This conversation happened over a plate of sunny side up eggs I made for myself. I ate them with dry rye toast, cracking the perfectly formed dome of the egg. My face connected to my plate like a magnet. I refused to make eye contact with him. I didn’t want to cry or break. I wanted to remain cool and strong and to appear mature, understanding, and sympathetic. I loved my father deeply; I was the typical daddy’s girl and secretly thought him and my mother were never well matched. Somewhere in my subconscious, I thought the affair would be their way out. They could take this chance to start over; he was only 40; she was just 35!
I don’t remember the look on his face, but I’ll never forget the taste of those eggs. I was looking from above at my life, telling myself “you’ll never forget this moment” and instead of memorizing any of his words, his apology (was there one?), or his excuses, I memorized those eggs. The quintessential texture of the yolk, the vivid yellow explosion all over my white plate. I shoveled pieces of the egg-soaked, cardboard-like bread into my mouth as if t would take me out of this situation. I nodded along to everything he said. The whites of the eggs seemed fluffier than normal, thicker, elegantly congealed. I piled pieces of them on top of the leftover bread. I looked up at him when my plate was clean. It couldn’t have lasted more than five minutes.
“I just want you to be happy,” I said to him, reciting a line from a romantic comedy or a soap opera. Where else do you rehearse a scene like this? What experiences from my past was I supposed to draw from to come up with the perfect line?
All I wanted was for my parents to be happy; whatever it was going to take. I wanted to be supportive. I felt my parents’ misery exude from every action. In their drinking to pass out every night, in their yelling at each other, in their snide comments, in the resentment which surrounded and calloused their hearts. It wasn’t about revisiting roads which brought them there; it was about deciding what direction to take at the crossroads of past and future.
They say cheaters sometimes want to get caught to get out of a situation. I thought this would be my father’s chance to flee, but he didn’t. He begged my mother to let him stay and she feigned forgiveness. In reality, she felt decapitated and stabbed in the heart. Instead of confronting her rage, she confronted the bottle, and sloppily professed forgiveness. She said she was too afraid to start over or live without him.
So he stayed and they celebrated their 15 year anniversary. For ten more years, he walked on eggshells while she got more and more drunk, in an effort to erase the memory of the affair. Instead of resigning it to a hazy forgotten flashback, it grew into a brighter, angrier, fiercer, and obsessive vision haunting her into paralysis. She lived in a purgatory between the sanctified memories of the life they once had and the future they would never have.
By their 25th anniversary, my father had relapsed into his midlife crisis and this time, instead of Donna from the donut shop in Staten Island, it was Natasha from the donut shop in Kiev. His life sent him in an ironic circle BACK to Kiev to open a donut shop for an investor and there he met his second wife.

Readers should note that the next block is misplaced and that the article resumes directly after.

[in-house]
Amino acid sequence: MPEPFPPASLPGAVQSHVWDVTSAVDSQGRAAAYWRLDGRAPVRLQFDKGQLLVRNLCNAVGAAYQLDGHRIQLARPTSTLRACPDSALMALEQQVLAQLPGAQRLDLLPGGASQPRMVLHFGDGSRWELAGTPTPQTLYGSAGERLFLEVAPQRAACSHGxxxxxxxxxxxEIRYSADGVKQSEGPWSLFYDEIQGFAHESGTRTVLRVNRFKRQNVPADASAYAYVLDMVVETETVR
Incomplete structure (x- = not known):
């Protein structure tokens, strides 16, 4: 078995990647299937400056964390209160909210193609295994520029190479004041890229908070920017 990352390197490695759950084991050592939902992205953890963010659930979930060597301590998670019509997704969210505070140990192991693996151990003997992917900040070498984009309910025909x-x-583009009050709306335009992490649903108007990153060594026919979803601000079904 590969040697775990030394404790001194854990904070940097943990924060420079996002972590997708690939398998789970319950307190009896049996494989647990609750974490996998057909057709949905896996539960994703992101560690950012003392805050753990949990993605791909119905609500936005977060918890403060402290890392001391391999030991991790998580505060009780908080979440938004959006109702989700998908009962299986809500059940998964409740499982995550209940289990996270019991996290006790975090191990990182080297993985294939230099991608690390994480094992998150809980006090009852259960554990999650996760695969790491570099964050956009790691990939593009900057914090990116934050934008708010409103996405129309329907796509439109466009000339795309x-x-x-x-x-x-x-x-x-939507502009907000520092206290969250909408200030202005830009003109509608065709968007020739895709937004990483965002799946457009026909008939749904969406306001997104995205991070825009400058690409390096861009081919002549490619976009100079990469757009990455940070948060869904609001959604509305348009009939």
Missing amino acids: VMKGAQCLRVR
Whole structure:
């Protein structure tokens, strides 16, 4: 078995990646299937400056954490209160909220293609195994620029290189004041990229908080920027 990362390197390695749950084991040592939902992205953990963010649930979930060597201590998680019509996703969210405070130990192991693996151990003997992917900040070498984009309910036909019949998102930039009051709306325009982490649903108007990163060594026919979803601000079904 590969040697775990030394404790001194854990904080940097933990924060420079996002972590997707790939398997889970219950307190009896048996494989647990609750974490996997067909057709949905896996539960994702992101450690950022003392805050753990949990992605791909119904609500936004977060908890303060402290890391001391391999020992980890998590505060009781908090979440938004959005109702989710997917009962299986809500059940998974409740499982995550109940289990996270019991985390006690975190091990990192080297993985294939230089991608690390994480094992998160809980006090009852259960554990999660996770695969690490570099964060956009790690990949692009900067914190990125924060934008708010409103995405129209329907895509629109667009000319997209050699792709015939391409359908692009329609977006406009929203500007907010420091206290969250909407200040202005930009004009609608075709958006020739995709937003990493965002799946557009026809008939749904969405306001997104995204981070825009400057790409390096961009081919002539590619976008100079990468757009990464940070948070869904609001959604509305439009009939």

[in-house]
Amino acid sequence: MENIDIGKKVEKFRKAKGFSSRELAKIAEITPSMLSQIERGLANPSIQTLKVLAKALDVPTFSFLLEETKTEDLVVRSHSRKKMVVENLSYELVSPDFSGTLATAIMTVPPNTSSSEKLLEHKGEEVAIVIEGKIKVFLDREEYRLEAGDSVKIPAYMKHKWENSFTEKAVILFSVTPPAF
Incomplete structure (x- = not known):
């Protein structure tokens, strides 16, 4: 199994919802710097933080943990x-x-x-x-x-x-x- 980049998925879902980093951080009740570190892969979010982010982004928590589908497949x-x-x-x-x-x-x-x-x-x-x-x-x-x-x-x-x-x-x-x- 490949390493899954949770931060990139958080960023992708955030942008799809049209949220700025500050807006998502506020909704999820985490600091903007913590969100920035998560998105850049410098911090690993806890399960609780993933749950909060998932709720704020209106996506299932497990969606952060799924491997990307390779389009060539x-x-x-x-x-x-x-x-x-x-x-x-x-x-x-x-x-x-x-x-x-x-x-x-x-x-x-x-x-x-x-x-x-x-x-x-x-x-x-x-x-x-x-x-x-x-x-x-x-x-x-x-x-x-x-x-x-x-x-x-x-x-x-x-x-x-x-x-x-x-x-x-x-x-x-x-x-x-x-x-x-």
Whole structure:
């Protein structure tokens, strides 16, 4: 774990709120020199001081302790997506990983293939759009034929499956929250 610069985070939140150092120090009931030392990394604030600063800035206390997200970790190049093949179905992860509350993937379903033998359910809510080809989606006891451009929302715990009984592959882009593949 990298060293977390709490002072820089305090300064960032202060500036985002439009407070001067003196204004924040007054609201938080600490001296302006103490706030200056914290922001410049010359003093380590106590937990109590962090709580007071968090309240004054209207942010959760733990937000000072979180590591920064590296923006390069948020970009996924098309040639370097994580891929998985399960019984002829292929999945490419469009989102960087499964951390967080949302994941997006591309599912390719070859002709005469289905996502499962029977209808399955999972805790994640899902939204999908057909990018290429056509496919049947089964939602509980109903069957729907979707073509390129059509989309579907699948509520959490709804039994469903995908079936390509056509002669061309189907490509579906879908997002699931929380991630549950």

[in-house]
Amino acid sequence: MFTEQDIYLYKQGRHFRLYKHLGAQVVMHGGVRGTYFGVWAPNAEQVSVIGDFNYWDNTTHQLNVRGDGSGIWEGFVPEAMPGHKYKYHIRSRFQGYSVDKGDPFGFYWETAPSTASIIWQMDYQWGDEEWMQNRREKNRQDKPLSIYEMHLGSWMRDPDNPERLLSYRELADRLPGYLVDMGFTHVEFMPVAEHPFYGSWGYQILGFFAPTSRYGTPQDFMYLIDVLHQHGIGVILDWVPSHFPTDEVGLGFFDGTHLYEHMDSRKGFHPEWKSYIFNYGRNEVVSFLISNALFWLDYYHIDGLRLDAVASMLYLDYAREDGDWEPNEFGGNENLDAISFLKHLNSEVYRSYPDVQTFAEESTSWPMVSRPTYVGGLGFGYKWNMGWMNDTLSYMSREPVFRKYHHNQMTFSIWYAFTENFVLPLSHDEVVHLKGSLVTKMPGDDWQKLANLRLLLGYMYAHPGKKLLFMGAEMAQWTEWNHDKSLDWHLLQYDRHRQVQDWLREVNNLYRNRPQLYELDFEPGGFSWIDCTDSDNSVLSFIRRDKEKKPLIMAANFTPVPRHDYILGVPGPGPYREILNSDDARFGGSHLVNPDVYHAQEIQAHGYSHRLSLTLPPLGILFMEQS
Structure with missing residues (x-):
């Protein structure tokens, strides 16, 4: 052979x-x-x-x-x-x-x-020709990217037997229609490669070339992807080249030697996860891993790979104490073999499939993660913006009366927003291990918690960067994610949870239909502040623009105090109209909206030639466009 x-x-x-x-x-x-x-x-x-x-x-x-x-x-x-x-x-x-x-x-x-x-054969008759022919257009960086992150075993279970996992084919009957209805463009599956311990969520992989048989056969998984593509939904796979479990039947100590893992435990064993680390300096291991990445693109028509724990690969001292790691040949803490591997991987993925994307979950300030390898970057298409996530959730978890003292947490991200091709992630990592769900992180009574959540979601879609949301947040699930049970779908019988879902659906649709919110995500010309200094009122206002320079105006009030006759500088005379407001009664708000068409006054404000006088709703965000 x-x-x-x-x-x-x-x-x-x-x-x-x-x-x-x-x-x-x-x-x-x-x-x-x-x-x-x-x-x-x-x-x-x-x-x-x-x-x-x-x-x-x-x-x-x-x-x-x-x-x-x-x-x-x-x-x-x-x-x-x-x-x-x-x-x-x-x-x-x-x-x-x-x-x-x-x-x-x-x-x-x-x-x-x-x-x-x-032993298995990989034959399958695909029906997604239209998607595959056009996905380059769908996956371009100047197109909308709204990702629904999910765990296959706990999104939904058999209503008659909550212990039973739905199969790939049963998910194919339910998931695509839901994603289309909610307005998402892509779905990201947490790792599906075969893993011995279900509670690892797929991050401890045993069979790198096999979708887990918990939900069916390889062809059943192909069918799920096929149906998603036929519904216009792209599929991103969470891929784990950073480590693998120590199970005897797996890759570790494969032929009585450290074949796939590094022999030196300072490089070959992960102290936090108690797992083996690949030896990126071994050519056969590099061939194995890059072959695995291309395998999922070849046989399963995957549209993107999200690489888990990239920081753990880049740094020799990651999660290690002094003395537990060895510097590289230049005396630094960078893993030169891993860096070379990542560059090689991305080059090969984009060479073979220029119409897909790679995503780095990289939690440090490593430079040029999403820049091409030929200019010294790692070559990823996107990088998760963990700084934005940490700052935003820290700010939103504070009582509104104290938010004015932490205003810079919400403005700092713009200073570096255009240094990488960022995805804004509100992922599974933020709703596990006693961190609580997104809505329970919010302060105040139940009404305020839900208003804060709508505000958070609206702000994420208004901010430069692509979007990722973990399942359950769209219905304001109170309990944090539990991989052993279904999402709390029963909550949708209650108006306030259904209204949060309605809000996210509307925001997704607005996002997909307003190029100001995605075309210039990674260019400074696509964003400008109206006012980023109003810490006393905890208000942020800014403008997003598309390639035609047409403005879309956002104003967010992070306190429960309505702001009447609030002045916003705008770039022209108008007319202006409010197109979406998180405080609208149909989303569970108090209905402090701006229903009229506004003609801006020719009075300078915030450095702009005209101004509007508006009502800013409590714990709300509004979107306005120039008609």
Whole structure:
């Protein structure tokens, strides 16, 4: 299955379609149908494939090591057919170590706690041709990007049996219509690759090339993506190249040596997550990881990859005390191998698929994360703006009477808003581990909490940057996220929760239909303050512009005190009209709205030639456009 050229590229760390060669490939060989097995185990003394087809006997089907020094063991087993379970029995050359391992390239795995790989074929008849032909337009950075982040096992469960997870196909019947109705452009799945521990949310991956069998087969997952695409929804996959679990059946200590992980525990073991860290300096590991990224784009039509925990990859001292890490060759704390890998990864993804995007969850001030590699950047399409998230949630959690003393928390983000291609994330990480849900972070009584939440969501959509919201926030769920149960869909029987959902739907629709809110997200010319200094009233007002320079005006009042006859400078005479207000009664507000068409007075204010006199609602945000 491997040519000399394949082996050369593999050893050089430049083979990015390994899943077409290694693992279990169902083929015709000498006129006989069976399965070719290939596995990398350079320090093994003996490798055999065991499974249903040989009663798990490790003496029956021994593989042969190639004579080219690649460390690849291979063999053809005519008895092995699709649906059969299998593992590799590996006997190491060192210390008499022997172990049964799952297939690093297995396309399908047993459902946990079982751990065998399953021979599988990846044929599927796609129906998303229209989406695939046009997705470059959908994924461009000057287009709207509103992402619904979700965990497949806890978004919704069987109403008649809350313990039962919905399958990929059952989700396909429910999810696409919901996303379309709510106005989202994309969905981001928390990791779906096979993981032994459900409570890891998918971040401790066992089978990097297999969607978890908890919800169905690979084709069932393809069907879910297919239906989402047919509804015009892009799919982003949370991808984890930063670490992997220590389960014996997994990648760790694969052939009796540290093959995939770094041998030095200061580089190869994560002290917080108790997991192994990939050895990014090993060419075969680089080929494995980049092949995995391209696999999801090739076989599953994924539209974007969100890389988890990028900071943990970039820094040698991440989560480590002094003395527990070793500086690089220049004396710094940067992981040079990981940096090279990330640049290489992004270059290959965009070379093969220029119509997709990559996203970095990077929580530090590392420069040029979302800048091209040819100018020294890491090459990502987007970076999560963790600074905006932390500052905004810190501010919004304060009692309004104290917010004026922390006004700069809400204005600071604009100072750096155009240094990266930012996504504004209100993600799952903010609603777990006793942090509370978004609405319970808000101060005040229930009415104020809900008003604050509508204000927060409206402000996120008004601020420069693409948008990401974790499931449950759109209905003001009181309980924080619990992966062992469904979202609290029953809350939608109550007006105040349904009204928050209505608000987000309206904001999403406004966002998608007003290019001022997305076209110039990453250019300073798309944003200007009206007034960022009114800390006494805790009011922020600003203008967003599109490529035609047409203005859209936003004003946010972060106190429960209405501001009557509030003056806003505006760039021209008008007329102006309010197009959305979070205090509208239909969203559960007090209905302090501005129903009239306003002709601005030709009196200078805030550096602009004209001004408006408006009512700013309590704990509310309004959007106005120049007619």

What effect did my father cheating on my mother have on me? I saw my first love betray me and undervalue our family unit. I would never trust another man again; confident every man had the potential, and would likely cheat on me. I would never let my guard down completely in any relationship and no matter how trustworthy the men in my life have been, they have eventually had to fall under spells of suspicion and jealousy. I would forever feel like I have to over-satisfy my men with enough sex, good enough sex, to make them stay. More than anything, I vowed to control my life so I never end up a victim, like my mother.
My father couldn’t foresee the trajectory the affair would have on his life, my mother’s life, my life, or my sister’s life. He didn’t consider consequence, as many don’t when making questionable choices. His impulsive decision to satiate an itch and his entitlement to have that itch scratched trumped potential repercussions. He didn’t know my mother would spiral into alcoholism like a little girl in quicksand. He didn’t care that her depression would land her like a casualty of war in which she never enlisted. She continued to live under a veil of sadness so thick she didn’t realize she was counting on me as her support line. I was thrust into the unwelcome role of her confidante, her therapist, her best friend, her secret keeper, and a life saver.
Only now, in my year of unraveling my tightly-wound history, do I realize how desperately I needed a mommy during those days. I needed someone to tell me this was OK; someone to assure when the rug is swept from underneath me, I will land on my feet. I needed someone to reassure me that shit happens to everyone in life and every relationship has flaws. I needed someone to hold my hand, rub my head, kiss me on the forehead and quote Maya Angelou:
Just like moons and like suns,
With the certainty of tides,
Just like hopes springing high,
Still, I’ll rise.
Instead, I sucked it up, rose up, and became a woman, sweeping those secrets neatly back under the rug.